Steve: David! Yes we have had some great rides in the outback of Tucson. The movement of the rotating mass is highly psychoactive for me, and it’s been fueling the music for years. I have been riding mountain bikes since the mid 80′s; this is great way to get out there and – at the same time – deeper in there. With the kind of mountain bike rides I do, the power breathing, cardio and brain functions are all working towards a sweet spot of what I like to call the endorphin dreamtime, otherwise known as the zone. I access a lot of insights and just pure raw emotion, unassigned joy, and body ecstasy from this state. It feeds the creative fire immensely and might help me to live a bit longer too.

Jamie Blackman: What was Jorge Reyes like, not so much as a collaborator, but as a person? He received practically no English-language media coverage, so I’ve never even read an interview with him. Anything you could say would be awesome.

Steve: Jorge was a man of the world. He spoke 5 languages and was quite well versed in many areas from an intellectual dimension and into the shamanic realm he lived so fully within.

There was a certain wild feeling in him as well. I could feel this when he was staying at my house; wild like maybe a kind of animal – a wolf-like feeling.

He was also gentle and had a warm open heart; and then we would go to these places together in the music that were just off the chart – dark and confronting.

His concert with me in Tucson was his first real U.S. appearance. We were planning more, and I know if he was still here he would be much more known in the states now.

He was very well-known in Mexico; he was on TV and played large concerts for thousands on a regular basis. We did some of those together in the 90′s, and these remain the largest audiences I have played for.

Also his presence in Europe was strong. Lots of interviews occurred in Germany, Netherlands, and Spain. He played constantly over there. That’s were we met.

Philippe Jeudi: Almost no musician today has interest for multichannel engineering, although technology for both recording and music playing are more available than ever. Even the companies who promote these technologies have no interest in native multichannel music. Pioneers like Edgar Varèse in the 1950′s would probably have enjoyed it. Is it something you would like to experience for your music?

Steve: While I feel my music is suited for this kind of application I don’t feel the demand is there to support the overall investment this would involve. Or maybe there’s a multichannel world out there I am not aware of. I am just not able to go out on a plank to find out.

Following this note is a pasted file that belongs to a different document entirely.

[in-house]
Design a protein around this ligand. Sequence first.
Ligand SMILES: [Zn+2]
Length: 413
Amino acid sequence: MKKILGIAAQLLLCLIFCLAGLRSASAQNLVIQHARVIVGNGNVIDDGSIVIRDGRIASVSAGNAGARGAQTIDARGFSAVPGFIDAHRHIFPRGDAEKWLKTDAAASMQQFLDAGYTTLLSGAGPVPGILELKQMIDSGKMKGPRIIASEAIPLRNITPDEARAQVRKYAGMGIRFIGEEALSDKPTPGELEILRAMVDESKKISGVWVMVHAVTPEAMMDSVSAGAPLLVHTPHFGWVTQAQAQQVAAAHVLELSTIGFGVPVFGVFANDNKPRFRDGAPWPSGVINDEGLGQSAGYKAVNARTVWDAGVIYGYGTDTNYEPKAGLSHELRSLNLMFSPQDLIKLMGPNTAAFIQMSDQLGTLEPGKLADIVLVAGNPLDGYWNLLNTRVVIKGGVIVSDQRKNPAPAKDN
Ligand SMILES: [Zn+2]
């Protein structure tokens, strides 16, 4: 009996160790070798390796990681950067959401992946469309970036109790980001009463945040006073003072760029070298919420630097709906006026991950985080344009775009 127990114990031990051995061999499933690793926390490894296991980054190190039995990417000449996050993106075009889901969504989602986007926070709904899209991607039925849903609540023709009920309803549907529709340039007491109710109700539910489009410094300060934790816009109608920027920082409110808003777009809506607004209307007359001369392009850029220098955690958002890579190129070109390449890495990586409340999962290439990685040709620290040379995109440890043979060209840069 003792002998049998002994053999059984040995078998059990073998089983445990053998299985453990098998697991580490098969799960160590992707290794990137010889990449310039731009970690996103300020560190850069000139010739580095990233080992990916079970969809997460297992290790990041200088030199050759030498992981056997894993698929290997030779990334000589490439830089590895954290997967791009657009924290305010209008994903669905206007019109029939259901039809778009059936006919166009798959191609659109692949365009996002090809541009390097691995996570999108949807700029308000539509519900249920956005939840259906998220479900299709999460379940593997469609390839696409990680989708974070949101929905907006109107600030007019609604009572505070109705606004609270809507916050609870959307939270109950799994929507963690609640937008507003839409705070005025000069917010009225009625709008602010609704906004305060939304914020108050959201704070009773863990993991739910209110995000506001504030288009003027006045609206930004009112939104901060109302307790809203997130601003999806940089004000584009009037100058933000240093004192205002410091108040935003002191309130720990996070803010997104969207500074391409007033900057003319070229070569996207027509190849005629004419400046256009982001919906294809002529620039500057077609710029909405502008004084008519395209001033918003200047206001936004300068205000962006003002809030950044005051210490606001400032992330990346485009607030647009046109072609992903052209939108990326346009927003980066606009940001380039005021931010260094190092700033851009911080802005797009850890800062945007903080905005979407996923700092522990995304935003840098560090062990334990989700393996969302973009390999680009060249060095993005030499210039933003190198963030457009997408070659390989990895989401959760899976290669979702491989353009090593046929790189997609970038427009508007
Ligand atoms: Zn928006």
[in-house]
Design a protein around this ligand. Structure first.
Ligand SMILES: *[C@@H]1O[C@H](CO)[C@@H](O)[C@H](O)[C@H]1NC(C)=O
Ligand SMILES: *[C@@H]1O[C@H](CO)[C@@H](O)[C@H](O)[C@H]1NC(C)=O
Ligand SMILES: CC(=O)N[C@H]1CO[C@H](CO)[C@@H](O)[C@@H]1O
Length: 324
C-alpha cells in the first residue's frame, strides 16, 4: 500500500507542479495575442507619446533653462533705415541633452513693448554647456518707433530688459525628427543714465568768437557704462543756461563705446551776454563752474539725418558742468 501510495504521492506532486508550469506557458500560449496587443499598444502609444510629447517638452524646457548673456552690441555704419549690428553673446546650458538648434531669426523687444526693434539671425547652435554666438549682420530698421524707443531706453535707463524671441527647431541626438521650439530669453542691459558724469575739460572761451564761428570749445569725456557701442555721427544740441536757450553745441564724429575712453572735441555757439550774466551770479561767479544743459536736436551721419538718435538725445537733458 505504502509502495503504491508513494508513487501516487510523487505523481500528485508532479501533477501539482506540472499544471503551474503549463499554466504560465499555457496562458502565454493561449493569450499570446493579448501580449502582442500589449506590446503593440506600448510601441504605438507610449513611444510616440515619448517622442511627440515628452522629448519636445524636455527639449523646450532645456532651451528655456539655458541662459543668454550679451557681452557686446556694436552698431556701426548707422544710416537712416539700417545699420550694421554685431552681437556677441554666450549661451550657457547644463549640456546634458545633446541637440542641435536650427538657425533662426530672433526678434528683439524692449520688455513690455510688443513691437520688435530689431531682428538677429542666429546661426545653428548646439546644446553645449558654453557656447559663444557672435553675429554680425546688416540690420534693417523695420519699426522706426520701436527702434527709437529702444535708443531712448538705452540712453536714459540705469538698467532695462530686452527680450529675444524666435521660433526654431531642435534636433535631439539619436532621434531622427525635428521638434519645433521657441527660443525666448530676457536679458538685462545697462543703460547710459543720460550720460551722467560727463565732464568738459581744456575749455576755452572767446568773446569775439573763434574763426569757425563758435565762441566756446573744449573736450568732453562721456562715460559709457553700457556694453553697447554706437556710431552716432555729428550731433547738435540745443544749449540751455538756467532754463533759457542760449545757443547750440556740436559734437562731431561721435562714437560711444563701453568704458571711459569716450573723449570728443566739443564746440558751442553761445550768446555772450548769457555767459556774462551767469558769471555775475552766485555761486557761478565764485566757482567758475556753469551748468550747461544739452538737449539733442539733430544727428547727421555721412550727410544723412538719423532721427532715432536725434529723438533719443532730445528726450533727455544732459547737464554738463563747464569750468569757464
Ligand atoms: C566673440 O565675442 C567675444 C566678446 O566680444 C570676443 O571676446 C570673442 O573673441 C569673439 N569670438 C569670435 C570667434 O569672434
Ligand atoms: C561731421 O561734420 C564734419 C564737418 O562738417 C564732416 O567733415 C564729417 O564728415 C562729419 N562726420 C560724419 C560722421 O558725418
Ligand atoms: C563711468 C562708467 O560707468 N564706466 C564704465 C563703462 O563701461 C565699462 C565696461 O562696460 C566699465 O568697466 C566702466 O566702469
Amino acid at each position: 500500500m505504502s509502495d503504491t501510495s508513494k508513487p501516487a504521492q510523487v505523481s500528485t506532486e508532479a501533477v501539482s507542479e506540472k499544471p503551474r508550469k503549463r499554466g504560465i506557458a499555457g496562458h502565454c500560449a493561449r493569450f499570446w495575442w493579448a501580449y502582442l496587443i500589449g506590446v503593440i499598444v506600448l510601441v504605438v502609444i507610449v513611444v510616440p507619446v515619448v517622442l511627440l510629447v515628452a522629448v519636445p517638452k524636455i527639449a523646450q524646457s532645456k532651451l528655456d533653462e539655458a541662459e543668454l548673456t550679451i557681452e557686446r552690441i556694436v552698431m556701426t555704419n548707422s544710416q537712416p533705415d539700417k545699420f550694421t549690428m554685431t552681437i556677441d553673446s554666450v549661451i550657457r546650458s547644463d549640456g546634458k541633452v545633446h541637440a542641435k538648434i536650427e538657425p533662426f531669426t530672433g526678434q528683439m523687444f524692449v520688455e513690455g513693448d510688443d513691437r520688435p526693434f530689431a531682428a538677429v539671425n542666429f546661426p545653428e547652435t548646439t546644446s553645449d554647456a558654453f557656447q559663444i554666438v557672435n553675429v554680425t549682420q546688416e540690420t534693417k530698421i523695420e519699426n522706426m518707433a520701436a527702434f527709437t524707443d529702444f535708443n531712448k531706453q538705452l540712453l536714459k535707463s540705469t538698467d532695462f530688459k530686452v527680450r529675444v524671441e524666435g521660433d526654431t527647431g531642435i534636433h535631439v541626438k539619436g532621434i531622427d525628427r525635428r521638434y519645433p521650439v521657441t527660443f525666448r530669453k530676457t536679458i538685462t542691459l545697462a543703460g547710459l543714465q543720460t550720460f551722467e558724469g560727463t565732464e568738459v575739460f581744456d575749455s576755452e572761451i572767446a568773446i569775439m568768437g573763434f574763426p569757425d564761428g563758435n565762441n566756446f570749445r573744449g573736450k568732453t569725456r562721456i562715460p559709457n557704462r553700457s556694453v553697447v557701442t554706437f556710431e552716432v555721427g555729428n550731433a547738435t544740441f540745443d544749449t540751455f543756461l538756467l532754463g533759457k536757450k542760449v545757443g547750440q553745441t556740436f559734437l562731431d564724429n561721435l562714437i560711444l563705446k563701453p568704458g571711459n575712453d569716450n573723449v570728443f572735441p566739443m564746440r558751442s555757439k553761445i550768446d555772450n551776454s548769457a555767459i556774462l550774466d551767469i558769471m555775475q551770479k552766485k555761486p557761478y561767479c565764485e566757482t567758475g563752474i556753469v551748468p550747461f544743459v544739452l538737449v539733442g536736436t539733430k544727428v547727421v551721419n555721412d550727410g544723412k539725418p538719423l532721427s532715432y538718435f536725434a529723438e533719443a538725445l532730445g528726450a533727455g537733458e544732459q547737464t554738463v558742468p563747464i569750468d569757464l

Tim Preston: I want to know if Steve would consider coming to the UK or Europe in the near future.

Steve: I played in Europe over the course of 12 years up through 2003. These days I am keeping the travel here in the US. That can change if the right situation appeared with the proper support to make it happen. It’s a complex matter to air travel my gear these days, after 9/11. We will see.

For the time being, my US concerts will continue to be the destination if people want to see me live.

Robert Millsop: Steve, what might you have to say about your experience(s) working with the late Jorge Reyes? I’ve been specifically fascinated with the Forgotten Gods album and how that came about.

Steve: I will add to the part about Jorge above. We met at a festival on the Canary Islands in the early 90′s. Guitarist Suso Saiz was also at this event. The concert was in a volcanic lava cave made into a theater. I would say this set the tone for our entire run as a group and our duo collaborations, playing in locations that feed our process.

We were asked of do a set together and afterwards the connection grew. Some more concerts in Mexico occurred, and we made plans to create an album together at my house in Tucson.

At that time Linda and I had just moved to Tucson so the Timeroom was in the master bedroom of the house. This is where the entire Forgotten Gods album was recorded and mixed over a week’s time.

The album was built in a live mode; we would play and compose through improvisation, and then record live to capture the feeling, adding the final brush strokes in the end. We completed Forgotten Gods in a few days; as soon as it was finished John Diliberto flew in to record a living room concert in our house for the Echoes radio show. We just moved the gear from the studio to the living room, set up and with about 15 friends around – and John recording the music – we performed what we had just created the week before.

We went on to do a tour in Europe and recorded Earth Island in Madrid, Spain, and Osnabruck, Germany.

Philip Thompson: What was the last CD you played in your car?